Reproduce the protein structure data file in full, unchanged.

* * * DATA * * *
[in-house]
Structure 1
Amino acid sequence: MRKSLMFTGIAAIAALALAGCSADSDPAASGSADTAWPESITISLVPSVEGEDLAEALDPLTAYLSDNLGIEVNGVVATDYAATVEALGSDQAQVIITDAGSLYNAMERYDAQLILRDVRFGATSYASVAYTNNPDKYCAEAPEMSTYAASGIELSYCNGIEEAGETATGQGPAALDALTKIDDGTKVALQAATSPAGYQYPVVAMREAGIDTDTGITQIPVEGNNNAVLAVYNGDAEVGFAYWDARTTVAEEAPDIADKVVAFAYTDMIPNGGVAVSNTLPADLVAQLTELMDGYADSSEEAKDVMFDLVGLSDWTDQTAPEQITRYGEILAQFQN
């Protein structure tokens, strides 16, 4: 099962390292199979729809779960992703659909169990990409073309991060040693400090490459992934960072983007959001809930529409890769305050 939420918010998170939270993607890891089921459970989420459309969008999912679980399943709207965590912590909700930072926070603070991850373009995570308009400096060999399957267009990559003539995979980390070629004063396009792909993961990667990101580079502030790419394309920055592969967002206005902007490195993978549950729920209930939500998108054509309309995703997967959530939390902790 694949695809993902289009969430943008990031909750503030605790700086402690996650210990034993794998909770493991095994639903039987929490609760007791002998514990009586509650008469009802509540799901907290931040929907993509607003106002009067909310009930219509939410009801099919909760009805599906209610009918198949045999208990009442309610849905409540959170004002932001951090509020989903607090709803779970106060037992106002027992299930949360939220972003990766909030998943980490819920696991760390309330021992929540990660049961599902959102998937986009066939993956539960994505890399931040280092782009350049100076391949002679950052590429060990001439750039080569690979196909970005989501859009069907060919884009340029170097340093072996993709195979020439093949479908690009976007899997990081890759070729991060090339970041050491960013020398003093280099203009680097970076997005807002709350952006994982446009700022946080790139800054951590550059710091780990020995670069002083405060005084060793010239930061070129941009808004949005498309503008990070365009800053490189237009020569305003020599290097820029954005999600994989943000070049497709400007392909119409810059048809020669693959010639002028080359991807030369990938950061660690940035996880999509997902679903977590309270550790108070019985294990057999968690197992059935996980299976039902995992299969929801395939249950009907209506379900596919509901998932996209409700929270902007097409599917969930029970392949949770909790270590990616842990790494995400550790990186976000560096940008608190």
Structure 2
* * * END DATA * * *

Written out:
[in-house]
Structure 1
Amino acid sequence: MRKSLMFTGIAAIAALALAGCSADSDPAASGSADTAWPESITISLVPSVEGEDLAEALDPLTAYLSDNLGIEVNGVVATDYAATVEALGSDQAQVIITDAGSLYNAMERYDAQLILRDVRFGATSYASVAYTNNPDKYCAEAPEMSTYAASGIELSYCNGIEEAGETATGQGPAALDALTKIDDGTKVALQAATSPAGYQYPVVAMREAGIDTDTGITQIPVEGNNNAVLAVYNGDAEVGFAYWDARTTVAEEAPDIADKVVAFAYTDMIPNGGVAVSNTLPADLVAQLTELMDGYADSSEEAKDVMFDLVGLSDWTDQTAPEQITRYGEILAQFQN
């Protein structure tokens, strides 16, 4: 099962390292199979729809779960992703659909169990990409073309991060040693400090490459992934960072983007959001809930529409890769305050 939420918010998170939270993607890891089921459970989420459309969008999912679980399943709207965590912590909700930072926070603070991850373009995570308009400096060999399957267009990559003539995979980390070629004063396009792909993961990667990101580079502030790419394309920055592969967002206005902007490195993978549950729920209930939500998108054509309309995703997967959530939390902790 694949695809993902289009969430943008990031909750503030605790700086402690996650210990034993794998909770493991095994639903039987929490609760007791002998514990009586509650008469009802509540799901907290931040929907993509607003106002009067909310009930219509939410009801099919909760009805599906209610009918198949045999208990009442309610849905409540959170004002932001951090509020989903607090709803779970106060037992106002027992299930949360939220972003990766909030998943980490819920696991760390309330021992929540990660049961599902959102998937986009066939993956539960994505890399931040280092782009350049100076391949002679950052590429060990001439750039080569690979196909970005989501859009069907060919884009340029170097340093072996993709195979020439093949479908690009976007899997990081890759070729991060090339970041050491960013020398003093280099203009680097970076997005807002709350952006994982446009700022946080790139800054951590550059710091780990020995670069002083405060005084060793010239930061070129941009808004949005498309503008990070365009800053490189237009020569305003020599290097820029954005999600994989943000070049497709400007392909119409810059048809020669693959010639002028080359991807030369990938950061660690940035996880999509997902679903977590309270550790108070019985294990057999968690197992059935996980299976039902995992299969929801395939249950009907209506379900596919509901998932996209409700929270902007097409599917969930029970392949949770909790270590990616842990790494995400550790990186976000560096940008608190």
Structure 2